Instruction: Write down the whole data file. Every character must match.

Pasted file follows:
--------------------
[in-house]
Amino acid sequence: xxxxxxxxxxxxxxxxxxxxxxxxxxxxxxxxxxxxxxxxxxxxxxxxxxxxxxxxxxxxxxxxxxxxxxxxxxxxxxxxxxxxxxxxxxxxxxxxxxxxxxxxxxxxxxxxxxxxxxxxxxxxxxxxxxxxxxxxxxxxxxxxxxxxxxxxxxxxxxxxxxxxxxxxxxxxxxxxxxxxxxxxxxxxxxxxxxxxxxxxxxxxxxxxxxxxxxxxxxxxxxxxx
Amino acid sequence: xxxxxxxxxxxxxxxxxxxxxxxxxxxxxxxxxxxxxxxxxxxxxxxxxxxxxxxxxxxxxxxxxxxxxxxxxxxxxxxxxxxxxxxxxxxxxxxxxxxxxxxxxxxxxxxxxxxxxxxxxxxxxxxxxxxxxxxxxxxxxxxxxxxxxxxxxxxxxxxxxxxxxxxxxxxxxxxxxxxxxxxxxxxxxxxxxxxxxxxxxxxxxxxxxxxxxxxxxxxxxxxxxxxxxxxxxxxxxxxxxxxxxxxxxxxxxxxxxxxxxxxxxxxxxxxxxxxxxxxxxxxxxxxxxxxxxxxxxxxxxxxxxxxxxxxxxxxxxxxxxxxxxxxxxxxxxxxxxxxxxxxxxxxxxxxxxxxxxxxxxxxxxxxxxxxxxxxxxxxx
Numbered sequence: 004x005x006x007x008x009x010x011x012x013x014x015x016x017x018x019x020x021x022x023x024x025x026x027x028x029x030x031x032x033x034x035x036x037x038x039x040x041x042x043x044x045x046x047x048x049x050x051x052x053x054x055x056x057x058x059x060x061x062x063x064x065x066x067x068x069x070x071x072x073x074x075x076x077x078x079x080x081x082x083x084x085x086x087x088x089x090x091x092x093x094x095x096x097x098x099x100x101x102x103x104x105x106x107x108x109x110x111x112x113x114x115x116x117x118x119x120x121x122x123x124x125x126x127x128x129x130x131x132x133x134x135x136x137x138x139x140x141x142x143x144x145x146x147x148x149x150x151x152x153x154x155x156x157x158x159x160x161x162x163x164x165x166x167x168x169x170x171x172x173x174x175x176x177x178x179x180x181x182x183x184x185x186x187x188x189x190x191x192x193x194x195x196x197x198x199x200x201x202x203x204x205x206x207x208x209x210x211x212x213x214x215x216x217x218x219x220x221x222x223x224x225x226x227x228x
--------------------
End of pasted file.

[in-house]
Amino acid sequence: xxxxxxxxxxxxxxxxxxxxxxxxxxxxxxxxxxxxxxxxxxxxxxxxxxxxxxxxxxxxxxxxxxxxxxxxxxxxxxxxxxxxxxxxxxxxxxxxxxxxxxxxxxxxxxxxxxxxxxxxxxxxxxxxxxxxxxxxxxxxxxxxxxxxxxxxxxxxxxxxxxxxxxxxxxxxxxxxxxxxxxxxxxxxxxxxxxxxxxxxxxxxxxxxxxxxxxxxxxxxxxxxx
Amino acid sequence: xxxxxxxxxxxxxxxxxxxxxxxxxxxxxxxxxxxxxxxxxxxxxxxxxxxxxxxxxxxxxxxxxxxxxxxxxxxxxxxxxxxxxxxxxxxxxxxxxxxxxxxxxxxxxxxxxxxxxxxxxxxxxxxxxxxxxxxxxxxxxxxxxxxxxxxxxxxxxxxxxxxxxxxxxxxxxxxxxxxxxxxxxxxxxxxxxxxxxxxxxxxxxxxxxxxxxxxxxxxxxxxxxxxxxxxxxxxxxxxxxxxxxxxxxxxxxxxxxxxxxxxxxxxxxxxxxxxxxxxxxxxxxxxxxxxxxxxxxxxxxxxxxxxxxxxxxxxxxxxxxxxxxxxxxxxxxxxxxxxxxxxxxxxxxxxxxxxxxxxxxxxxxxxxxxxxxxxxxxxx
Numbered sequence: 004x005x006x007x008x009x010x011x012x013x014x015x016x017x018x019x020x021x022x023x024x025x026x027x028x029x030x031x032x033x034x035x036x037x038x039x040x041x042x043x044x045x046x047x048x049x050x051x052x053x054x055x056x057x058x059x060x061x062x063x064x065x066x067x068x069x070x071x072x073x074x075x076x077x078x079x080x081x082x083x084x085x086x087x088x089x090x091x092x093x094x095x096x097x098x099x100x101x102x103x104x105x106x107x108x109x110x111x112x113x114x115x116x117x118x119x120x121x122x123x124x125x126x127x128x129x130x131x132x133x134x135x136x137x138x139x140x141x142x143x144x145x146x147x148x149x150x151x152x153x154x155x156x157x158x159x160x161x162x163x164x165x166x167x168x169x170x171x172x173x174x175x176x177x178x179x180x181x182x183x184x185x186x187x188x189x190x191x192x193x194x195x196x197x198x199x200x201x202x203x204x205x206x207x208x209x210x211x212x213x214x215x216x217x218x219x220x221x222x223x224x225x226x227x228x